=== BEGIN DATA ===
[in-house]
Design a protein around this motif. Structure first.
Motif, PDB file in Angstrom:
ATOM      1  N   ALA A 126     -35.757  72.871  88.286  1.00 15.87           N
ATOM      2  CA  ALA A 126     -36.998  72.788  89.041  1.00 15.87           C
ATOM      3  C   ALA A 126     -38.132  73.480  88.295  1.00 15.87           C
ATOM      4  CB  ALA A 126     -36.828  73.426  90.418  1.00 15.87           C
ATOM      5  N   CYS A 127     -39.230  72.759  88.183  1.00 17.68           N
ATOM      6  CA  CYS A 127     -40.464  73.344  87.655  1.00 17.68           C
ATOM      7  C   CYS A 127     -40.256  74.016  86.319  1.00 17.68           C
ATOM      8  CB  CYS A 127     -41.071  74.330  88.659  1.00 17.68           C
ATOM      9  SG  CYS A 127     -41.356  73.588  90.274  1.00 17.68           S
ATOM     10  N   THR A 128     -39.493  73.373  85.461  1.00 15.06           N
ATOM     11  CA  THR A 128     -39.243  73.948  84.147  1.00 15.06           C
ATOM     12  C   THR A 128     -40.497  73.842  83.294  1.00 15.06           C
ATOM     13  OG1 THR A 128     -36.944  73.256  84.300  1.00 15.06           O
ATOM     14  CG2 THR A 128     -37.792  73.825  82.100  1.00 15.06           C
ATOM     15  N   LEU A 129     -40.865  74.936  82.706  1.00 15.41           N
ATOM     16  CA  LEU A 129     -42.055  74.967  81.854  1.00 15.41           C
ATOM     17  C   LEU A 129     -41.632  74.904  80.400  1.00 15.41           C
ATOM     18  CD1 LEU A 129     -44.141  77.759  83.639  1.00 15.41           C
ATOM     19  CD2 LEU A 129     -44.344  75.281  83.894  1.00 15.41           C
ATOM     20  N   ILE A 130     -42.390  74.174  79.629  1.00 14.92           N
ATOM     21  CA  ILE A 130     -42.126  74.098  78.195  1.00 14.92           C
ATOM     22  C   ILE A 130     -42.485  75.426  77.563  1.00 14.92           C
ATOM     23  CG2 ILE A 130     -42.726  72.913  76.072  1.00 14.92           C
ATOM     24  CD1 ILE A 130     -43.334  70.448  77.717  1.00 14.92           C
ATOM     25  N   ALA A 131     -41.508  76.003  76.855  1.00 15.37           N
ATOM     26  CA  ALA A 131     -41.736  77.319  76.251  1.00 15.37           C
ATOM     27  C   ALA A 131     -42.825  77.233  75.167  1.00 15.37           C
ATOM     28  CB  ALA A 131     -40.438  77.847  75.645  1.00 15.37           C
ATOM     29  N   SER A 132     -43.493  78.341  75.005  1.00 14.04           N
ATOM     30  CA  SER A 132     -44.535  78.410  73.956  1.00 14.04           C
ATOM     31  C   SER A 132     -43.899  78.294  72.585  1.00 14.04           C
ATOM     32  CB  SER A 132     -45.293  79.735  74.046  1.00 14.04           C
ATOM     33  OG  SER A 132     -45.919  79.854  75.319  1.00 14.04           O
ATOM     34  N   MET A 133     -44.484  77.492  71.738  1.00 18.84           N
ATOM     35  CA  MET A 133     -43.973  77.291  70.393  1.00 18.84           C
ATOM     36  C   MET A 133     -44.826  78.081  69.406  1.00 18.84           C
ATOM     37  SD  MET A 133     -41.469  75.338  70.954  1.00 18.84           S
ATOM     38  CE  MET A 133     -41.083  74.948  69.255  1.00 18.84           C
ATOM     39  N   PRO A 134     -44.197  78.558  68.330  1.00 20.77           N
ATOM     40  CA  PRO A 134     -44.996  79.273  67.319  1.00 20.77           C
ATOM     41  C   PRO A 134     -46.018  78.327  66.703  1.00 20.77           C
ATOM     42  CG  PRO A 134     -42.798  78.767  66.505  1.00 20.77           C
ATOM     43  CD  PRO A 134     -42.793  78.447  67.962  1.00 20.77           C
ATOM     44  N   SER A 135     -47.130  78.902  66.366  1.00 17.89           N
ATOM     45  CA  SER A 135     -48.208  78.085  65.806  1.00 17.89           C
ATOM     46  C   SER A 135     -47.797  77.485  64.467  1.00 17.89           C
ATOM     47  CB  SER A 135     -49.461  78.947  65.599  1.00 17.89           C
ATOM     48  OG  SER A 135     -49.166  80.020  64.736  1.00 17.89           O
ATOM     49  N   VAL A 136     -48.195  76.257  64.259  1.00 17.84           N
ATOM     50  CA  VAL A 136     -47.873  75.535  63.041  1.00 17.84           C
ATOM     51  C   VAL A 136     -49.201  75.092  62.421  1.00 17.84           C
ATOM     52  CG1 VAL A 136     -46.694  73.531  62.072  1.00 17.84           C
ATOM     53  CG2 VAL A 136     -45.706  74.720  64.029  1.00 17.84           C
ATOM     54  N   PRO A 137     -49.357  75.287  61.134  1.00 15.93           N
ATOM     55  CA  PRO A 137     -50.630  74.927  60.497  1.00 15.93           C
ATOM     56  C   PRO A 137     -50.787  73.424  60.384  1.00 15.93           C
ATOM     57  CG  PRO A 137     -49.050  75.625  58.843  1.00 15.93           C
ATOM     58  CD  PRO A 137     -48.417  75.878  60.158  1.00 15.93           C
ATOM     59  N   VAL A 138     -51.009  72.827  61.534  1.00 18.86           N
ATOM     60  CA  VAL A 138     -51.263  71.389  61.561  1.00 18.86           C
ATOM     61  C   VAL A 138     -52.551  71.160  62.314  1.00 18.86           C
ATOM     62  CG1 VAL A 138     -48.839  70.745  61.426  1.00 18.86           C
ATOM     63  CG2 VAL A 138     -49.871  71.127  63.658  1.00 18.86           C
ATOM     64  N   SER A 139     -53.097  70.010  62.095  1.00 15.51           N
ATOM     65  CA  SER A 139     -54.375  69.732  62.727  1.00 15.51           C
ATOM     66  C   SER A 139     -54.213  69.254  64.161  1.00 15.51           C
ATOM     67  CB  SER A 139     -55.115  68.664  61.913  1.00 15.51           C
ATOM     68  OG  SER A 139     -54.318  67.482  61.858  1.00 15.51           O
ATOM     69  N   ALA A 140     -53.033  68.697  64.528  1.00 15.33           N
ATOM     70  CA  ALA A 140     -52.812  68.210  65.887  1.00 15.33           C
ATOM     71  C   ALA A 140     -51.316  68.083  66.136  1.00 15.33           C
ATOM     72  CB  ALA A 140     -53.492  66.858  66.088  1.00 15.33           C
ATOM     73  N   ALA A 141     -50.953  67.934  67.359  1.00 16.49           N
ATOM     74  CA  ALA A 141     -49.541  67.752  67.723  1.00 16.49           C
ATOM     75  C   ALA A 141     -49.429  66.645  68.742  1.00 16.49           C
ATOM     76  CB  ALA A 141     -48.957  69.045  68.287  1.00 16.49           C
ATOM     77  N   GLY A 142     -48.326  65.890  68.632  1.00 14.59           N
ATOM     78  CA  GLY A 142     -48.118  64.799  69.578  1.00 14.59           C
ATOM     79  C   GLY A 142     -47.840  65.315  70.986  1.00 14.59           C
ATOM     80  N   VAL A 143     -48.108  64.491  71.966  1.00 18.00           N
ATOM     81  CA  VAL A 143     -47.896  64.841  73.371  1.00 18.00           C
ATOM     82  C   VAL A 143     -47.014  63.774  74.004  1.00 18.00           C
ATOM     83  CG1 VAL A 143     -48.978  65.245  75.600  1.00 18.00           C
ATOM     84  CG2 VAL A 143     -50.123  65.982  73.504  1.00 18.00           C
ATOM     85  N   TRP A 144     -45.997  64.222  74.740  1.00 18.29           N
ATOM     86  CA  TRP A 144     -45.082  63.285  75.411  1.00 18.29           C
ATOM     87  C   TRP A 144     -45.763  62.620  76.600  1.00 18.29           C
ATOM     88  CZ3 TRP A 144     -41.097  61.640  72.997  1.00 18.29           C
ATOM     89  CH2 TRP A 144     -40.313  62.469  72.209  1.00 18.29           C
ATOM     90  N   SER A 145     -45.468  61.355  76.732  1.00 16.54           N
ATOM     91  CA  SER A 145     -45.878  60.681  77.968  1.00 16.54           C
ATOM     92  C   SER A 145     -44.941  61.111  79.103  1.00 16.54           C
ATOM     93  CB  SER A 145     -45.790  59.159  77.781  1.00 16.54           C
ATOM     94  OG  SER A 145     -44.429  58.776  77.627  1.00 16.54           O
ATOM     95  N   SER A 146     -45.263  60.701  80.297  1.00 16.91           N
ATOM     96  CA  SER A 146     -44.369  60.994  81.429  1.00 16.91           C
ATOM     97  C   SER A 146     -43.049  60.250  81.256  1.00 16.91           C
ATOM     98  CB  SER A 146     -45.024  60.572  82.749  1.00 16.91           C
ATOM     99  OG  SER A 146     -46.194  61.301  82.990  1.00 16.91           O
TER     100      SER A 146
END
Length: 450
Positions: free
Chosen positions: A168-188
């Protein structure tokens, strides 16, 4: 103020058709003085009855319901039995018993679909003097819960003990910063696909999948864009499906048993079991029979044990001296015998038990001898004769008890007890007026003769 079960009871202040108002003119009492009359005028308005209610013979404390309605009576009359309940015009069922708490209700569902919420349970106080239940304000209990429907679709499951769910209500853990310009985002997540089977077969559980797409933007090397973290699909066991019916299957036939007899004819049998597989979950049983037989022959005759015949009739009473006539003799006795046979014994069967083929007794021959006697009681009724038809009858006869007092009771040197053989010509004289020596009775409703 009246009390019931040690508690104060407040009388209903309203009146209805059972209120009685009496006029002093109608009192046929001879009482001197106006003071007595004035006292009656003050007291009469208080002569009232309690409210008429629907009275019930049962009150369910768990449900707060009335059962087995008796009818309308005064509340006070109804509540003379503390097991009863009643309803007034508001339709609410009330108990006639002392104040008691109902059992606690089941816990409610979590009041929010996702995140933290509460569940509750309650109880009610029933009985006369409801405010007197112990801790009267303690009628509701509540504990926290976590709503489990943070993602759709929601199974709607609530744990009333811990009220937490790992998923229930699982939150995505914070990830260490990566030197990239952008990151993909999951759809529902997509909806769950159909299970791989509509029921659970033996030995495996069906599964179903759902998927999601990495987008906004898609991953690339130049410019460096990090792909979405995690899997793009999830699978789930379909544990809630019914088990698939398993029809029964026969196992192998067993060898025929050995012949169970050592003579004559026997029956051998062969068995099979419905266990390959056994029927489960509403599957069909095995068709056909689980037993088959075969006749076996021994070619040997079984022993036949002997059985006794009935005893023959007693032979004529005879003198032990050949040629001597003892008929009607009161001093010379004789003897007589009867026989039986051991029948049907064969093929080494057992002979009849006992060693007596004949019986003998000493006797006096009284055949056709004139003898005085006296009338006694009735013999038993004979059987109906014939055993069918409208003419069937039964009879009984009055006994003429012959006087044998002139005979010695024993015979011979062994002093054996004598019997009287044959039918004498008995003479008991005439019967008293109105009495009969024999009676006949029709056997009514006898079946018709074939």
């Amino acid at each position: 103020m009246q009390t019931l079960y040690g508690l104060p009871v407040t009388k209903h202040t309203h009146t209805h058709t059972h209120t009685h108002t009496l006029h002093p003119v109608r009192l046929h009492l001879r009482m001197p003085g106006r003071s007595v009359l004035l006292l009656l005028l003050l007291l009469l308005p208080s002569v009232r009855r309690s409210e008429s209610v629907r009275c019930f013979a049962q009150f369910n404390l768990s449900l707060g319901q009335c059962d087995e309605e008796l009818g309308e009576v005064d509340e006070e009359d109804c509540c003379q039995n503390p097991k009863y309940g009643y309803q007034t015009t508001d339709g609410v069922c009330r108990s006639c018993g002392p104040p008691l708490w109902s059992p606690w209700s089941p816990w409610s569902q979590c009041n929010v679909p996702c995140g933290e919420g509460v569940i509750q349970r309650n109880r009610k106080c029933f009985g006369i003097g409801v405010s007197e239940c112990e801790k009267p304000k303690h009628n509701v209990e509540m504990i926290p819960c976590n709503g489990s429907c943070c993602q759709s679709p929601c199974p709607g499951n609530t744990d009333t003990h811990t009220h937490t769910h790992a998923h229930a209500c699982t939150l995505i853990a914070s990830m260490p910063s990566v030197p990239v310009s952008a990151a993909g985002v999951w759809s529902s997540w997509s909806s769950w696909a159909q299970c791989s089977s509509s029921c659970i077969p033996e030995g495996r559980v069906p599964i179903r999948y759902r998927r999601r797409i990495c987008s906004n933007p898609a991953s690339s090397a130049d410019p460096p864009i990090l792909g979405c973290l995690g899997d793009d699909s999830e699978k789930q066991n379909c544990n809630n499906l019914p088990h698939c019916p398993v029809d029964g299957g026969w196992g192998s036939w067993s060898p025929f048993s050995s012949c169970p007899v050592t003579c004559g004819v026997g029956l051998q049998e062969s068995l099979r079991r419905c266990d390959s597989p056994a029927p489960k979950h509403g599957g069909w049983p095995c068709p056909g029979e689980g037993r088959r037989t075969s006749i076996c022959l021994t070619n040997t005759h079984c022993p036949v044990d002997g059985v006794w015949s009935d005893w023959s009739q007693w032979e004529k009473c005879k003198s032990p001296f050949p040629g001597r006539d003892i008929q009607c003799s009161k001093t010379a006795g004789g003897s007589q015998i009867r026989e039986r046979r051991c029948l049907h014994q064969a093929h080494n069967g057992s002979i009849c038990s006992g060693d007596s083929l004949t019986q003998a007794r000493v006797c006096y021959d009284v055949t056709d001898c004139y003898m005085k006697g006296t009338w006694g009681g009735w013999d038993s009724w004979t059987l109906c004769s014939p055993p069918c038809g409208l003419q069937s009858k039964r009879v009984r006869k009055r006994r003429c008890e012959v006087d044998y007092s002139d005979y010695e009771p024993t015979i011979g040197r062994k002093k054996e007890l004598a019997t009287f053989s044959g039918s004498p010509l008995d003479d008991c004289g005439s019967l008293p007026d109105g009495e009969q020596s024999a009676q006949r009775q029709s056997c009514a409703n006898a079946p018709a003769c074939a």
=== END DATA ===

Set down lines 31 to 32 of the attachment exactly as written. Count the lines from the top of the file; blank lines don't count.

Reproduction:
ATOM     28  CB  ALA A 131     -40.438  77.847  75.645  1.00 15.37           C
ATOM     29  N   SER A 132     -43.493  78.341  75.005  1.00 14.04           N